x Abu Dhabi, UAESaturday 20 January 2018

Boss of pest-control firm linked to baby deaths has cancer

Man responsible for pesticide that poisoned baby triplets was finally freed from prison last month, only to be told of his own health battle.

Suhail and Ali Bakari died from inhaling pesticide, but their sister Hala recovered after days in hospital.
Suhail and Ali Bakari died from inhaling pesticide, but their sister Hala recovered after days in hospital.

AJMAN // A fumigation company boss who was jailed over the death of two babies has been found to have tongue cancer a month after being released from prison, his family says.

Abdul Rahman Yousuf Ali, 53, from India, was sentenced to four years behind bars along with two of his employees after the death of five-month-old brothers Suhail and Ali Bakari last year.

The babies, who were two of triplets, died in March last year after the men fumigated a neighbour's flat. The chemicals blew into the flat next door through the ventilation system.

Their sister Hala recovered after days in hospital.

The men's sentences were reduced to six months on appeal, but Mr Ali remained in prison for about 18 months because he could not afford to pay the Dh400,000 blood money.

Last month the three were released after the blood money was raised, but Mr Ali was found to have tongue cancer after returning to India and consulting with doctors.

"It's sheer bad luck," said his brother, Rahman Kabeer, 48, who lives in Ajman where he runs a trading company.

"We were happy that he was released from the jail. But the news that he has cancer has shattered us. Our joy was short-lived."

Mr Kabeer said the Indian Community Welfare Committee (ICWC) raised part of the funds to cover the blood money for the three prisoners.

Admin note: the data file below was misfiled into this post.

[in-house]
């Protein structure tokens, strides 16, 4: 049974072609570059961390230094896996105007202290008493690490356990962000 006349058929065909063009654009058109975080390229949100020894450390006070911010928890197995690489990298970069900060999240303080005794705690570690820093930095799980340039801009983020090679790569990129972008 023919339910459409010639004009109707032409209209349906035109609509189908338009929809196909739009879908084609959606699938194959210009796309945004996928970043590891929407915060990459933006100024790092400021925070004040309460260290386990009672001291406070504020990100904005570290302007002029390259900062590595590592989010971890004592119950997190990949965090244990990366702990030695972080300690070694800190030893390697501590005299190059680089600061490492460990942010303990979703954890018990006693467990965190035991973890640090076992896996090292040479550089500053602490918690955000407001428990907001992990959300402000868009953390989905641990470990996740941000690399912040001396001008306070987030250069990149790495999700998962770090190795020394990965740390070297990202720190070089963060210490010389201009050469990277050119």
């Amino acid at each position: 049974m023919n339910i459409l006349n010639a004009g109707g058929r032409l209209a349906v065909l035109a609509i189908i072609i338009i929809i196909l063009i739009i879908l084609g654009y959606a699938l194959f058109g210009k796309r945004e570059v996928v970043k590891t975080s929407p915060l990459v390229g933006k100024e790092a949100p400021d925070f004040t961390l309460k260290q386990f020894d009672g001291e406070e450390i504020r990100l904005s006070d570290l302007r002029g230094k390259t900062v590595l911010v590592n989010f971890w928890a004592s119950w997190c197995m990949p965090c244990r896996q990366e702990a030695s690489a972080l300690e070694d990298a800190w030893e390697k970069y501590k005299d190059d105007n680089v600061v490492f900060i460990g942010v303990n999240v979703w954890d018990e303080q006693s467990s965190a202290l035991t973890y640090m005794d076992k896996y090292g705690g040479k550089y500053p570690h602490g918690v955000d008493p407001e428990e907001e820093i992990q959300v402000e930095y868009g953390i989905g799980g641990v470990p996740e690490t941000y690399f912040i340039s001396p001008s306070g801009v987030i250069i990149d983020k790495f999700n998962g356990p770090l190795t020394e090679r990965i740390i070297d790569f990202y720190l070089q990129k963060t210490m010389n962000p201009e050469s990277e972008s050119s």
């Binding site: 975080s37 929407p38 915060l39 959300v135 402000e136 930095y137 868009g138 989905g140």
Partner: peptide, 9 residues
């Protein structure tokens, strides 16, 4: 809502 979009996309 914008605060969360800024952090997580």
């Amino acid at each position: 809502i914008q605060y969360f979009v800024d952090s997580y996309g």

K Kumar, the president of the ICWC, said the men were released last week and sent back to India.

"It's a very unfortunate incident; it was not a premeditated murder," Mr Kumar said. "'So we thought to help them out. Even the family members of the jailed men worked hard to raise the money."

He said ICWC had contributed Dh200,000 towards the blood money, while the rest was collected by friends of relatives of the three.

"As soon as he was released from the jail he was sent to India," said Mr Kabeer.

"He never knew that he was suffering with cancer until doctors checked his health and told him about his condition. The entire family is devastated."

The family is from Kerala, where Mr Ali has two daughters and a wife.

Mr Kabeer said his brother was undergoing chemotherapy at the Regional Cancer Centre in Thiruvanathapuram, the capital of Kerala.

"Chemotherapy is too expensive," he said. "We are planning to approach some charitable organisations in the UAE for help. We are not that rich that we can afford the treatment. He is not able to talk or eat food. Again, it's a new problem. We are struggling to cope."

Mr Kabeer said his brother was truly repentant about the deaths of the infants Suhail and Ali, and maintained he did not know how it happened. "He wants to apologise to the family," Mr Kabeer said.

Mr Ali's cousin, CI Ashraf, said the condition was very serious.

"We took him to the hospital and doctors said that he has to undergo surgery. It's really serious," Mr Ashraf said. "He was in jail for about 18 months. When he was released, we were all happy.

"Now he has encountered another problem, which seems to be bigger than the previous one. It's really sad."

Mr Ali's company, Al Fawaz Pest Control, has been shut.

In November 2009, the Ministry of Environment and Water banned 167 chemicals it said were a danger to people and the environment. Another 32 substances were listed to be used only by licensed operators.

But the sale of these dangerous chemicals is still common in small shops and on the black market.